Parkville Nature Sanctuary in Parkville, MO, is a large nature sanctuary, a significant work of land art, and a collaborative art piece. It is an important nesting site for many species of birds and has become a popular destination for bird watchers from all over the world. The Nature Sanctuary also serves as one of the few remaining habitats for wild populations of eastern box turtles. The area was originally 95 acres of bottomland forest, but several floods have caused significant changes to the landscape. Today, the Parkville Nature Sanctuary occupies a little more than 26 acres of forested wetland containing ponds, sloughs, and dense thickets of vegetation.
The area surrounding Parkville Nature Sanctuary is primarily residential; however many people come to the area every day with no idea that this wonderful artwork exists right in their backyard. It has become a popular place for bird watching and nature photography and for those who would like to take a walk in the woods.
People interested in this land artwork can find tree blazes that mark trails around the sanctuary. There are also informational signs about Parkville Nature Sanctuary, its artist, and visitors throughout the area.
Some might not think to give the wildlife at Parkville Nature Sanctuary much attention but this area is extremely important for many species of birds, box turtles, and other animals that reside here. There are many people who take advantage of the beautiful trails every day; the sanctuary is close to home for many people who do not realize what they are walking next to.
Founding & Design
In the 1960s, a local land surveyor named Harold Courlander noticed that an unusually large number of box turtles were crossing a section of Missouri Highway 7 near Parkville, MO. He realized that the turtles were trying to reach a large wooded area with ponds and sloughs. This section of land would later become Parkville Nature Sanctuary (PNS).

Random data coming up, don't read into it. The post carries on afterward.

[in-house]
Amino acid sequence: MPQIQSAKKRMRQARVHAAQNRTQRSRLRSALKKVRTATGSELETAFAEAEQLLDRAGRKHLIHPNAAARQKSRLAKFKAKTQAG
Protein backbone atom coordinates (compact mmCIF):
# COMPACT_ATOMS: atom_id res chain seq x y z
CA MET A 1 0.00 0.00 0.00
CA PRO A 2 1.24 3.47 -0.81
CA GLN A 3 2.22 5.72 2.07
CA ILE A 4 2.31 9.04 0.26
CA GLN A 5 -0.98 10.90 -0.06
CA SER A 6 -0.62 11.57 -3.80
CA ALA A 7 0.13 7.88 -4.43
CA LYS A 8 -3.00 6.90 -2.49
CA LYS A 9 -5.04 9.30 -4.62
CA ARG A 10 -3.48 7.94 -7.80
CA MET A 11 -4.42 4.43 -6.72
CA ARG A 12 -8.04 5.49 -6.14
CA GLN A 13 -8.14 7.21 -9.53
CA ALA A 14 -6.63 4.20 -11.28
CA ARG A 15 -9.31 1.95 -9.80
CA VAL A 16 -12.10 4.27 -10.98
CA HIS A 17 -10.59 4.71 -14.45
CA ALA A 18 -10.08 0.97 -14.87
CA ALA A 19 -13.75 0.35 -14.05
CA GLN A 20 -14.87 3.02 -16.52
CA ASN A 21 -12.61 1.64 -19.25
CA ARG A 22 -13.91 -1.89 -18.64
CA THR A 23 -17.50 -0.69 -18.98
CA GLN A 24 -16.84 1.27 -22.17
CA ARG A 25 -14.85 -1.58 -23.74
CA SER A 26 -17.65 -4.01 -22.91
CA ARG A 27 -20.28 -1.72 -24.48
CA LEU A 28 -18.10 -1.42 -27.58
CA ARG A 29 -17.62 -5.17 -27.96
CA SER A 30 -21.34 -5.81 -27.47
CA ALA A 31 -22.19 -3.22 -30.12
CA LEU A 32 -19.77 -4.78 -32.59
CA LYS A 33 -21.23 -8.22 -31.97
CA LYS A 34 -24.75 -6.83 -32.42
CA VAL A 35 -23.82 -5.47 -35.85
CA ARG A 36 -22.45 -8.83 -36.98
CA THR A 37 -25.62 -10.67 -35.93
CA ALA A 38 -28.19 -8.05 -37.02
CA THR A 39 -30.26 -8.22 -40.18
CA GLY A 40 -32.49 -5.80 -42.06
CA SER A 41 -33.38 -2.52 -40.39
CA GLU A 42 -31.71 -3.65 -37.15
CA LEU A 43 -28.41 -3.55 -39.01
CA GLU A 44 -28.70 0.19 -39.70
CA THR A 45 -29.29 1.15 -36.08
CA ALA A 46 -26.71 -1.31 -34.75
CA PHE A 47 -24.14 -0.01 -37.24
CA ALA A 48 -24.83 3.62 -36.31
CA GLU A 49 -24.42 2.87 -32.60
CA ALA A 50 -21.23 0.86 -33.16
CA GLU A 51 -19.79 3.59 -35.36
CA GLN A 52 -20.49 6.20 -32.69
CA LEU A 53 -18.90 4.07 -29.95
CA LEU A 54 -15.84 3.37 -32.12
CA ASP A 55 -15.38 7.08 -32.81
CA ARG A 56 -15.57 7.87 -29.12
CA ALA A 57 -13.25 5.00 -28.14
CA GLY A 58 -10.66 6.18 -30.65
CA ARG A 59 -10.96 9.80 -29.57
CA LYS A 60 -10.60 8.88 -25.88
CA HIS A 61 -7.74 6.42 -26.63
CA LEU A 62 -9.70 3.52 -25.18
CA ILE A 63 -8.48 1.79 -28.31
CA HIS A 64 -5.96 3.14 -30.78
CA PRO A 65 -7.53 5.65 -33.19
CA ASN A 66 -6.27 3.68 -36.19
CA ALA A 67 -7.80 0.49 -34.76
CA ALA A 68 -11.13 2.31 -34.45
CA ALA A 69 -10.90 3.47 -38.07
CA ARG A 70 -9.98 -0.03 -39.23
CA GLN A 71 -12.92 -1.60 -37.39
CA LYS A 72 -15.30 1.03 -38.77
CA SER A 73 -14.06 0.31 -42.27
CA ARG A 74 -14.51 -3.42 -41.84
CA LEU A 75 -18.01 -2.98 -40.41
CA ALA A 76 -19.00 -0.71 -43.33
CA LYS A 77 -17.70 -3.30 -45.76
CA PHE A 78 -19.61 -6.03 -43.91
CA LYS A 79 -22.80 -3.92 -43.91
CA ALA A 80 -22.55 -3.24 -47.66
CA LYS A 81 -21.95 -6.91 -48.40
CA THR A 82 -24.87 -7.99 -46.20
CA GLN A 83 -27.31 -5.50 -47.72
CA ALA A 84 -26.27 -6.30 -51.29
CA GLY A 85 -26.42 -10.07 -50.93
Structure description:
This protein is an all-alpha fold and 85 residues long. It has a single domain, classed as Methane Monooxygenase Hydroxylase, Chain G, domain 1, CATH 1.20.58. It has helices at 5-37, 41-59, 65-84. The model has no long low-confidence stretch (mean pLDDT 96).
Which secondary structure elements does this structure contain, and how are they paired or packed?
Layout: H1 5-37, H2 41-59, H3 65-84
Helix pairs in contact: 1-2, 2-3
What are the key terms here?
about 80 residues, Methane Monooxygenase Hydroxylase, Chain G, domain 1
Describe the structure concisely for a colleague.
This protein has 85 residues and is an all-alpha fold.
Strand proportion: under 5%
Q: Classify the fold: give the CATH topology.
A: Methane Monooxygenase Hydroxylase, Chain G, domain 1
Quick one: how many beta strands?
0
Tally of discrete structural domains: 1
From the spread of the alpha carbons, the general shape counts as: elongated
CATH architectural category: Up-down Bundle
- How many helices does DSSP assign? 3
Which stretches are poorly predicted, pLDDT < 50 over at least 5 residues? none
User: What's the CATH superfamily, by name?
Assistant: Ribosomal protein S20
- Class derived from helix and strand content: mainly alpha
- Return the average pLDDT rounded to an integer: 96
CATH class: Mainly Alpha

Harold decided to create a shaded garden in this wooded area for turtles and other animals to safely cross the busy highway. In his yard, he put down stones and created a winding grid of paths that were too small for cars to drive on. He called this “turtle crossing” and it still exists today and is open to the public (PNS has since taken over maintenance of Courlander’s turtle crossing).
Harold also wanted to protect the area around PNS from development so he donated 95 acres to the Audubon Society of Missouri. The Audubon Society created a board and invited Courlander to be part of it. Courlander then began contacting highway departments, conservation agencies, and other organizations to ask for their help in preserving the land.
Driving Direction To One Shot Water Heaters of Kansas City, MO:
One Shot Water Heaters of Kansas City is located at 4102 N Harrison Ave, Kansas City, MO 64116. From Parkville Nature Sanctuary, Head east on E 12 St/Woodward Rd toward Park College Rd, now turn left onto Park College Rd, From Park College Rd turns left and becomes E 13th St. Then turn left onto MO-9 S/East St, Continue to follow MO-9 S, then stay onto MO-9 S/US-69 N, then continue onto MO-9 S, Take the Briarcliff Parkway exit. At the traffic circle, take the 4th exit onto NW Briarcliff Pkwy, At the traffic circle, take the 1st exit and stay on NW Briarcliff Pkwy, then continue onto NE 42nd St and stay right to continue on Parvin Rd, Take a final right onto N Harrison Ave, The destination is here i.e. One Shot Water Heaters.